The programming necessary to effectuate the processes performed in connection with the present invention is relatively straight-forward and should be apparent to the relevant programming public. Accordingly, such programming is not attached hereto. Any particular programming, then, may be employed to effectuate the present invention without departing from the spirit and scope thereof.

In the foregoing description, it can be seen that the present invention comprises a new and useful method and mechanism to render and present a visual representation 28 of an access interface 20 for performing a sensitive act at a secure desktop 16 from a user desktop 12, where the access interface 20 is not susceptible to an interface spoofing attack. The secure desktop 16 itself presents the access interface 20 to the user in an aesthetically pleasing and expected manner such that the user is not surprised by the presence of the interface 20 and can be expected to make a good decision regarding whether to allow a secure application 18 to be run at the secure desktop 16 to elevate a privilege or perform another sensitive act.

It should be appreciated that changes could be made to the embodiments described above without departing from the inventive concepts thereof. As but one example, although the present invention is primarily set forth in terms of collecting consent from a user to effectuate an elevated privilege, the method and mechanism of the present invention may also be employed to securely collect and act on any sort of information. Thus, and as an example, the access interface 20 as executed on the secure desktop 16 and displayed in the present invention may be employed to securely collect payment information when purchasing an item, or may be employed to securely collect log-in information when accessing a privileged area. It should be understood, therefore, that this invention is not limited to the particular embodiments disclosed, but it is intended to cover modifications within the spirit and scope of the present invention as defined by the appended claims.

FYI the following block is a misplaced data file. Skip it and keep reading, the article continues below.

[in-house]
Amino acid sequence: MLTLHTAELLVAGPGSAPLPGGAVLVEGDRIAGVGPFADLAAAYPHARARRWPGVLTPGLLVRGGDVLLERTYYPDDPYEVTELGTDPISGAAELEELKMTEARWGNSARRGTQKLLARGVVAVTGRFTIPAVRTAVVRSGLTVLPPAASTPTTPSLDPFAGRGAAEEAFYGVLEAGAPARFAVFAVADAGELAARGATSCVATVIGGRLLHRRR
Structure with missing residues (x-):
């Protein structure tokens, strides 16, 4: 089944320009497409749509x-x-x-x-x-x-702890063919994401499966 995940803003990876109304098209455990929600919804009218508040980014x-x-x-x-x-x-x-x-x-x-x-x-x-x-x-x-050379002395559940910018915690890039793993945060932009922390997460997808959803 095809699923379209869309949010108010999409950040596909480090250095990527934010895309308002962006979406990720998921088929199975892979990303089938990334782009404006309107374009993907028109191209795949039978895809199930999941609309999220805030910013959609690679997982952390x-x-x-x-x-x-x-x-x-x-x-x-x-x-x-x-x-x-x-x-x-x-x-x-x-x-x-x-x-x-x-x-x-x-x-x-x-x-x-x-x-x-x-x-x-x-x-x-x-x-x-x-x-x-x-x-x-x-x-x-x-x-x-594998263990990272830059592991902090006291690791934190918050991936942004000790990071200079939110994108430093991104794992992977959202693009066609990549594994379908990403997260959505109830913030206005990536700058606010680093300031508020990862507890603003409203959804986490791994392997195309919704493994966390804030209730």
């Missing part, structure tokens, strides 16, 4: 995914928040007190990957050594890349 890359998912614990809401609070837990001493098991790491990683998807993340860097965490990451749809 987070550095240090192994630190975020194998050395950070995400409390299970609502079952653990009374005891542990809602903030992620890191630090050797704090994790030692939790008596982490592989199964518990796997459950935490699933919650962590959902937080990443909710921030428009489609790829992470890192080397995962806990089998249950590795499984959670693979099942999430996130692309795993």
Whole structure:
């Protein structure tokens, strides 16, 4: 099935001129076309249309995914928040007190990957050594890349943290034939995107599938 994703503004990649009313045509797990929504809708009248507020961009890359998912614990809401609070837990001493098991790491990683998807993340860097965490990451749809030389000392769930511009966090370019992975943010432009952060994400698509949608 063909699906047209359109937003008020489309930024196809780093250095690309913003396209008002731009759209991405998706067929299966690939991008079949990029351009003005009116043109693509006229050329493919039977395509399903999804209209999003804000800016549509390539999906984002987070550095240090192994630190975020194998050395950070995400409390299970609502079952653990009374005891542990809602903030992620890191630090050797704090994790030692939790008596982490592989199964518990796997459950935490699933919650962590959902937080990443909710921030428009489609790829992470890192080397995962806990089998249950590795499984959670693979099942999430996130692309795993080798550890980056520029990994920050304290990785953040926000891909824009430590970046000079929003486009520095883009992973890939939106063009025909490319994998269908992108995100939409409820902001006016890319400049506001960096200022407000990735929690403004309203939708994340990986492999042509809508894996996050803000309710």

Referenced by
Citing PatentFiling datePublication dateApplicantTitle
US8225404 *Jan 21, 2009Jul 17, 2012Wontok, Inc.Trusted secure desktop
US8650640Feb 24, 2011Feb 11, 2014International Business Machines CorporationUsing a declaration of security requirements to determine whether to permit application operations
US8732834Sep 5, 2012May 20, 2014Symantec CorporationSystems and methods for detecting illegitimate applications
US20090187763 *Jan 21, 2009Jul 23, 2009Authentium, Inc.System and method for protecting data accessed through a network connection
US20090187991 *Jan 21, 2009Jul 23, 2009Authentium, Inc.Trusted secure desktop
US20120222109 *Feb 24, 2011Aug 30, 2012International Business Machines CorporationProviding a declaration of security requirements to a security program to use to control application operations
WO2014039455A1 *Sep 3, 2013Mar 13, 2014Symantec CorporationSystems and methods for detecting illegitimate applications
Classifications
U.S. Classification726/19
International ClassificationG06F12/14
Cooperative ClassificationG06F21/74
European ClassificationG06F21/74
Legal Events
DateCodeEventDescription
Apr 24, 2014FPAYFee payment
Year of fee payment: 4
Oct 1, 2006ASAssignment
Owner name: MICROSOFT CORPORATION, WASHINGTON
Free format text: ASSIGNMENT OF ASSIGNORS INTEREST;ASSIGNORS:SCHWARTZ, JONATHAN D.;PERLIN, ERIC C.;HONG, JAMES H.;ANDOTHERS;REEL/FRAME:018329/0225
Effective date: 20060809